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UIC PCOL 425 - Autonomic Nervous System: Introduction to neurotransmitter and receptor specificity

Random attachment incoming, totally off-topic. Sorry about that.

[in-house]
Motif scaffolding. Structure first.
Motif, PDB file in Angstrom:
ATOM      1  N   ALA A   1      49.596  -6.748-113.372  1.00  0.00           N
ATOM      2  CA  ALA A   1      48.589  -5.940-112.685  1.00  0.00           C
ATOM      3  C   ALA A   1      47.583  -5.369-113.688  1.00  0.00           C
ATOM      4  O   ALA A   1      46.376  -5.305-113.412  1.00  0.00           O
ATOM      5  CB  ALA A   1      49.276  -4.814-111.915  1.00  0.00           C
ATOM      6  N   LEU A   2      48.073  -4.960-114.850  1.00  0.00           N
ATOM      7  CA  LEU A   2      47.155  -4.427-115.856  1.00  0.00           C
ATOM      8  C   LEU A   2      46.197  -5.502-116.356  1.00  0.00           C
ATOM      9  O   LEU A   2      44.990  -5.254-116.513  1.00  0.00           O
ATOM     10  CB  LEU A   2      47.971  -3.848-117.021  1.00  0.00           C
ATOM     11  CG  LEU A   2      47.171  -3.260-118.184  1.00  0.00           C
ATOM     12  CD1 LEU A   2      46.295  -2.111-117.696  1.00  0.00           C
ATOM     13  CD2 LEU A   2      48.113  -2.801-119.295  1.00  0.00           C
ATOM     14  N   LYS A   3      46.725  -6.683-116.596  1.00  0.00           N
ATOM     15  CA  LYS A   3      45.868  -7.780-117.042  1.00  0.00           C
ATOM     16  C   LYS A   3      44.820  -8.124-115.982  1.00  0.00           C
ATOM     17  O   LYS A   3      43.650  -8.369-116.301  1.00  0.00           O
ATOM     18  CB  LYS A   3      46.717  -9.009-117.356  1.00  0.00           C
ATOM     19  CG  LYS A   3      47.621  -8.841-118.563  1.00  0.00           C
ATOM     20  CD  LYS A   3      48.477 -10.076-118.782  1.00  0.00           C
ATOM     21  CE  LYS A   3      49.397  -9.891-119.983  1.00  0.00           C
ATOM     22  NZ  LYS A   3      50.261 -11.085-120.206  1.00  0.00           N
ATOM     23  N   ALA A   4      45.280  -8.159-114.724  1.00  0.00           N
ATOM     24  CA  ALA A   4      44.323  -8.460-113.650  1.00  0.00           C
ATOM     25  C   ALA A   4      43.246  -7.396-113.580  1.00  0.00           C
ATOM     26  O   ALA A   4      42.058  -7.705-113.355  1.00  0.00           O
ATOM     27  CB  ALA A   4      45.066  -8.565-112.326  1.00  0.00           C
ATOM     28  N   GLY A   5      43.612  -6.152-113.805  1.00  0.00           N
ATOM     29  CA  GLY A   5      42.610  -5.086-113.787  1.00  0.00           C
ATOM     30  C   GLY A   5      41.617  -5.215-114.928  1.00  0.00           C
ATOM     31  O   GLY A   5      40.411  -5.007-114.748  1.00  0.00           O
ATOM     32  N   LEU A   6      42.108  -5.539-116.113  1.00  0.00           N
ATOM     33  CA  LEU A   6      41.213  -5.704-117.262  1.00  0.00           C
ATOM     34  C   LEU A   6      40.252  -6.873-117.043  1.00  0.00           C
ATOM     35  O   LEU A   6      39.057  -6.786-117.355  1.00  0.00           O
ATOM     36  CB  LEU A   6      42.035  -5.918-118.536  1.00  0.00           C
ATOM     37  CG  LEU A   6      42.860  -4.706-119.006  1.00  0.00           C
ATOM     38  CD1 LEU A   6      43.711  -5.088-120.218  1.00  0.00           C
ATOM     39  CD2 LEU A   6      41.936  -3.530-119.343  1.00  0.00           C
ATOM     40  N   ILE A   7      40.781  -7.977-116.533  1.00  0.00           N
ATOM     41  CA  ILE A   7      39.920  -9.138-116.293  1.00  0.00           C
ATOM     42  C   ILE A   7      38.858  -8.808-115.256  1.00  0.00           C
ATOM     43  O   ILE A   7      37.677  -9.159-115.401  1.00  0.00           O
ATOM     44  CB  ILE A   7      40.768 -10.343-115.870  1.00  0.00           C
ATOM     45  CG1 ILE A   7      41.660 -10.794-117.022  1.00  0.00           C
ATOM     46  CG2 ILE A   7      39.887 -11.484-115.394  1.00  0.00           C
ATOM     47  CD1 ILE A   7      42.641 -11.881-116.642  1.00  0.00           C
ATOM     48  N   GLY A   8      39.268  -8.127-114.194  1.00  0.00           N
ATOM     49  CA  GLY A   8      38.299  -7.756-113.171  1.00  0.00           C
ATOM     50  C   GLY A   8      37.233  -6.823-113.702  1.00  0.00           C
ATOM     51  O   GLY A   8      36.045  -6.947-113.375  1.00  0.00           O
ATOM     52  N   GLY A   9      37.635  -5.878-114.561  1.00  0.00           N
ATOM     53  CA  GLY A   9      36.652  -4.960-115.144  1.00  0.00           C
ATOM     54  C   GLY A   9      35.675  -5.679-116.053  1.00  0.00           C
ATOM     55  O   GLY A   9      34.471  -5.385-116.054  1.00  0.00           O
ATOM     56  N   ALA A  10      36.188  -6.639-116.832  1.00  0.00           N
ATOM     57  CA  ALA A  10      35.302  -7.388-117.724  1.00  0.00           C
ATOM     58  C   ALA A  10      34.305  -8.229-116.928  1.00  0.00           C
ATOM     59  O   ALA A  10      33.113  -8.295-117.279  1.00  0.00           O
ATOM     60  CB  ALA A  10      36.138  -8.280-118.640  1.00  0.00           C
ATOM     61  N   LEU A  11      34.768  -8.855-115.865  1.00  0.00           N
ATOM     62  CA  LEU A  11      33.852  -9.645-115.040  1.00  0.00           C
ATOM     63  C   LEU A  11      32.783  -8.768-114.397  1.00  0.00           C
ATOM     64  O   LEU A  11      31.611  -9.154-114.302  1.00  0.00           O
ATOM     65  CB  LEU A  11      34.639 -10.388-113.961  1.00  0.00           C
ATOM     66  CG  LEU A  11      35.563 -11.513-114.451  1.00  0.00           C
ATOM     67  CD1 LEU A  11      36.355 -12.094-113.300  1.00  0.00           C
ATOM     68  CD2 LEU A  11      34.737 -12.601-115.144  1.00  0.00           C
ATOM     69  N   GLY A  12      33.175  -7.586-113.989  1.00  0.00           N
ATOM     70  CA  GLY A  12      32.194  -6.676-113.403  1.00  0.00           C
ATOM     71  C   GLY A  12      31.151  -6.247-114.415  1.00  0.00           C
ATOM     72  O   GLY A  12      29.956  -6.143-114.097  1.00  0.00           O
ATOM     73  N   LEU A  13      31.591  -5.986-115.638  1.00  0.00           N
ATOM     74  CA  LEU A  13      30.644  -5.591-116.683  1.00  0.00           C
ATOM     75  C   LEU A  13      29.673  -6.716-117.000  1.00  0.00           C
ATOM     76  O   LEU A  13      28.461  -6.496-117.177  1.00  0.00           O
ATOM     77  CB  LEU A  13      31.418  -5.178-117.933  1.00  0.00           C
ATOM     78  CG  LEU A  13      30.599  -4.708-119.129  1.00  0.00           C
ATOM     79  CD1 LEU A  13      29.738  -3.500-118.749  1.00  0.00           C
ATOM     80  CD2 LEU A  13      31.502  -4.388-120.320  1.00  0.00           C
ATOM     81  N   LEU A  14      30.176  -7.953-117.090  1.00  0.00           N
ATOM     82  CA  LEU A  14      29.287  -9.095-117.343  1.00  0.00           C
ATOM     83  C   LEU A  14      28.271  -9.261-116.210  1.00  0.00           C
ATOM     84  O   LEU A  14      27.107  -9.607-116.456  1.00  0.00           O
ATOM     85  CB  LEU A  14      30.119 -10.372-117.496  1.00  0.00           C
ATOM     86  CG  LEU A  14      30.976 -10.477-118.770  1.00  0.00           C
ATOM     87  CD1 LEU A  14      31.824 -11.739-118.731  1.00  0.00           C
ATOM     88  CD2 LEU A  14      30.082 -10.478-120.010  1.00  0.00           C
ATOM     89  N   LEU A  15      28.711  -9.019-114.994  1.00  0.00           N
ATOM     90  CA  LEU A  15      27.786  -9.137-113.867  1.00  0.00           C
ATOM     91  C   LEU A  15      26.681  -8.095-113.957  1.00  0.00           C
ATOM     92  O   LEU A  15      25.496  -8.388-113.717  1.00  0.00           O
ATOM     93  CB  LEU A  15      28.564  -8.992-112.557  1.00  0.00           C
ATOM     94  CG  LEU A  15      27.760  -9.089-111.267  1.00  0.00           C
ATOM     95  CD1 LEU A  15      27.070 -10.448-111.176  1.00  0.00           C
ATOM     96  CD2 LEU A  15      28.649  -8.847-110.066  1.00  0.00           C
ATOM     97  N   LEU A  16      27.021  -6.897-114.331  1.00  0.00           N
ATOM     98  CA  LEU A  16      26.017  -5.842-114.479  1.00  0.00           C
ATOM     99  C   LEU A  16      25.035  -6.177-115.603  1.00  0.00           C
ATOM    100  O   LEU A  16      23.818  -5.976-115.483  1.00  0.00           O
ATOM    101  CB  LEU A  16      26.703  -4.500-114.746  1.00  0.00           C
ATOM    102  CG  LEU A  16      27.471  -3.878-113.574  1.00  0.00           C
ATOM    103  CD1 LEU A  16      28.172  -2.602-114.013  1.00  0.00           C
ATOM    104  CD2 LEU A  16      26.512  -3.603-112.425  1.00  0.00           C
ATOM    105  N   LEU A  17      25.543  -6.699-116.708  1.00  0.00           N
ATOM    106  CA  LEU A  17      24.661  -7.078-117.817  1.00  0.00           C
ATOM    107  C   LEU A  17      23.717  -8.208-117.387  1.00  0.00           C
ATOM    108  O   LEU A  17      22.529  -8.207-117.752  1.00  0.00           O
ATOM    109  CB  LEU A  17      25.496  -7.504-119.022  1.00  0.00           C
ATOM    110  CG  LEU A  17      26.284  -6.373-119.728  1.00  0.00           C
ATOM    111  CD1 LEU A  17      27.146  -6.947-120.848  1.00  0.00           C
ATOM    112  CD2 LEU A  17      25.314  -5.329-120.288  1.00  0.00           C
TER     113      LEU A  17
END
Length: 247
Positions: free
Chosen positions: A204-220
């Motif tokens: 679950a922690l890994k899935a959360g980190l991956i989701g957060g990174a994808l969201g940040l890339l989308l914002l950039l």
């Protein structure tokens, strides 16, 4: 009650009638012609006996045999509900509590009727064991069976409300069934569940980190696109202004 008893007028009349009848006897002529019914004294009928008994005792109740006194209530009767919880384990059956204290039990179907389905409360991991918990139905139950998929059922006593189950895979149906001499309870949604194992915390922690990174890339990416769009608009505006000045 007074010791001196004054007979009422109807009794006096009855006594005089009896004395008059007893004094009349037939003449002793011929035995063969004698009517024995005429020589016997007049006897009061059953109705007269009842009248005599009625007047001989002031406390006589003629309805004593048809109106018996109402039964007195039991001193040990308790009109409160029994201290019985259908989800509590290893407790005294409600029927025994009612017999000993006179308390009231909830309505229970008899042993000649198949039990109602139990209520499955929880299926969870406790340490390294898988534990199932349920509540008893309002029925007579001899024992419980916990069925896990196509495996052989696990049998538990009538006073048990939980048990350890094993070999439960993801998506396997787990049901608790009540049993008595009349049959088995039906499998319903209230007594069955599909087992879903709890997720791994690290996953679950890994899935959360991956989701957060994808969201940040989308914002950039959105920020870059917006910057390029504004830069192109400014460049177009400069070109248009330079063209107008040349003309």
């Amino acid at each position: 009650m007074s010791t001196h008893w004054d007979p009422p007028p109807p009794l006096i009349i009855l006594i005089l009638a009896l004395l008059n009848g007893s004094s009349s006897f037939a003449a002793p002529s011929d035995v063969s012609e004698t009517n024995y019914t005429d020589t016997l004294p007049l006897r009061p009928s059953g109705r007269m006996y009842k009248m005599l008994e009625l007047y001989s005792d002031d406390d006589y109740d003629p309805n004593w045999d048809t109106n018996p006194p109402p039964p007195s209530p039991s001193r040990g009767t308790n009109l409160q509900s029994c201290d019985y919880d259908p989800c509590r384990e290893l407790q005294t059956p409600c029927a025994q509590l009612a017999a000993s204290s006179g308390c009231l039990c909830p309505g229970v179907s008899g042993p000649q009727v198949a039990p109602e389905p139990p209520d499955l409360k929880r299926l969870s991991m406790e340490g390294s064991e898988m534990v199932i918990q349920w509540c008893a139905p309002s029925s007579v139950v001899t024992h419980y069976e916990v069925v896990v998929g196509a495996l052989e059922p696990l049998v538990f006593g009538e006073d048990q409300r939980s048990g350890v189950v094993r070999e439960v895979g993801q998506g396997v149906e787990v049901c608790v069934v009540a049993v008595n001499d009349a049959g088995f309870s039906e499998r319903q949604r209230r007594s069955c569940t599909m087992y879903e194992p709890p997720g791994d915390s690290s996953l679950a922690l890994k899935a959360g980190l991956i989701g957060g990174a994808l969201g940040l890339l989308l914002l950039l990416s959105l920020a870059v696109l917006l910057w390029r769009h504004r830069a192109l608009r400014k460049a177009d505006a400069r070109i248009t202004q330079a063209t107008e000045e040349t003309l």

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1 Autonomic Nervous System: Introduction to neurotransmitter and receptor specificity Thomas Guenthner Professor of Pharmacology College of Medicine Tel. 996-7635 Room E418, CMW E-mail: [email protected] Thanks to Dr. Richard Ye for Powerpoint concepts and slides Identify the key conceptual similarities and differences between autonomic cholinergic and adrenergic pathways including receptor subtypes, neurotransmitters, transmitter synthesis, storage, and release, and relative specificities of drugs that stimulate or inhibit each branch or activity. Knowledge objectives introduced by these two lectures: List the major systems or organs innervated by the autonomic cholinergic and adrenergic systems. Describe the organ system effects of cholinergic and adrenergic stimulation or antagonism. Relate the tissue expression profiles of cholinergic and adrenergic receptors to their specific functions.23 • All preganglionic and parasympathetic postganglionic neurons use acetylcholine as neurotransmitter. Ach is the neurotransmitter at ganglia, nmj, and muscarinic tissue synapses. • Most postganglionic sympathetic neurons use norepinephrine which is an adrenergic neurotransmitter. Pharmacological division of cholinergic vs. adrenergic neurotransmission • There are exceptions: Cholinergic transmission in sympathetic system – all ganglia, adrenal medulla, sweat glads use Ach (nicotinic or muscarinic). Dopaminergic innervation in sympathetic system – renal blood vessels.4 Pre-synaptic nerve cell Post-synaptic nerve cell Synaptic cleft Ca2+ Na+ Precursors (choline/tyrosine) Synapse – site most amenable to pharmacologic manipulation: Precursor Neurotransmitter Storage Release Recognition by receptors Metabolic disposition Manipulation possible at pre-synaptic neuron, where neurotransmitter is synthesized, stored and released upon cell activation, or at post-synaptic neuron or effector cell, where neurotransmitter is detected and its action is translated into cellular activities. Synthesis & Storage Action potential Metabolism Recognition (action) Key Steps in Neurotransmission: Strategies for Pharmacological Intervention: Block synthesis and storage: Usually rate-limiting steps; produce long-term effects Block release: Rapid action and effective Block reuptake increases synaptic neurotransmitter concentrations Can be selective or non-selective Interfere with metabolism: Can be reversible or irreversible; blocking metabolism increases effective neurotransmitter concentrations Interfere with recognition: Receptor antagonists & agonists; high specificity Release Reuptake5 Agonist: (1) A natural ligand that activates a receptor. (2) A drug that has properties similar to a natural ligand in activating the same receptor. Antagonist: (1) A receptor-specific blocker. (2) A molecule, such as a drug (e.g., enzyme inhibitor) or a physiologic agent (e.g., hormone), that diminishes or prevents the action of another molecule. Direct-acting: Molecule that physically binds to the target for its effect. Example: carbachol activates cholinergic receptors. Indirect-acting: Molecule that exerts effect on the target by interacting with another non-target site. Example:neostigmine blocks AchE, causing Ach accumulation. Definition of Agonist and Antagonist: Mode of Action: Mode of action and agonism are different concepts. For example, a direct- acting molecule can be either agonistic or antagonistic. • Discovered that stimulation of the vagus of a frog heart causes release of a substance that, when applied to a second heart, could slow heart rate. He called this “Vagusstoff”, demonstrating the chemical basis of neurotransmission. Otto Loewi (Nobel Laureate, 1936) • Also found that atropine can prevent the inhibitory action, but not the release, of “Vagusstoff”. • Exposure of “Vagusstoff” to frog heart homogenate inactivates it. • Physostigmine enhances the effect of vagus stimulation on the heart, and prevents the destruction of “Vagusstoff”.6 Synthesis of acetylcholine: CH3 CH3 CH3 N+ –CH2–CH2–OH CoA–S–C–CH3 O Choline Acetyl-CoA + Choline acetyltransferase CH3 CH3 CH3 N+ –CH2–CH2–O –C–CH3 O CoA-SH + CoA Acetylcholine Synthesis, storage and release of acetylcholine: Pre-synaptic cell Post-synaptic cell Ach Ca2+ Na+ Choline (10 µM) Choline Recognition by receptors Ca2+ Ach Ach Ach Nerve impulse NN NM Ach Ac-CoA ChAT Ach AchE AchE choline + acetic acid CAT = choline acetyltransferase AchE = acetylcholinesterase Synaptic cleft Antiporter7 CH3COOH + AchE (CH3)3 N+–CH2–CH2–OH (CH3)3 N+–CH2–CH2–O –C–CH3 O H2O OH (-) AchE Glu202 Tyr337 Ser203 Glu334 His447 Degradation of acetylcholine: Steps involved in the action of acetylcholinesterase: 1. Binding of substrate (Ach) 2. Formation of a transient intermediate (involving -OH on Serine 203, etc.) 3. Loss of choline and formation of acetylated enzyme 4. Deacylation of AchE (regeneration of enzyme) 600,000 Ach molecules / AchE / min = turnover time of 150 microseconds Choline Acetic acid Drug intervention -- Cholinergic transmission Precursor transport Synthesis Hemicholinium Storage Vesamicol Release Botulinum toxin Degradation by AchE Receptor + action Ach Cholinergic agonists (direct acting) Carbachol Pilocarpine (Rate-limiting) AntiChE Reversible (neostigmine) Irreversible (organo- phosphate) ↓ : Stimulatory ⊥ : Inhibitory Solid: Agonistic Dotted: Antagonistic Cholinergic antagonists Atropine (anti-M) Succinylcholine (anti-NM) Trimethaphan (anti-NN)8 Physostigmine’s effect on acetylcholine receptor is indirect. This effect is mediated through the inhibition of cholinesterase, which causes an increase in the local concentration of acetylcholine. The net effect is agonistic on acetylcholine receptor. An example of indirect-acting pharmacological agents: HO HO CH2 NHCH3 OH CH Epinephrine HO HO CH2 NH2 OH CH Norepinephrine HO HO CH2 NH2 CH2 Dopamine HO HO HC NH2 CH2 DOPA COOH HO HC NH2 CH2 Tyrosine COOH TH DD (L-AAD) DBH PNMT Adrenal medulla Synthesis of Catecholamines Tyrosine hydroxylase Dopa decarboxylase (L-amino acid decarboxylase) Dopamine β-hydroxylase Phenylethanolamine- N-methyl transferase 1 3 Julius Axelrod (Nobel Laureate, 1970) His discoveries concern the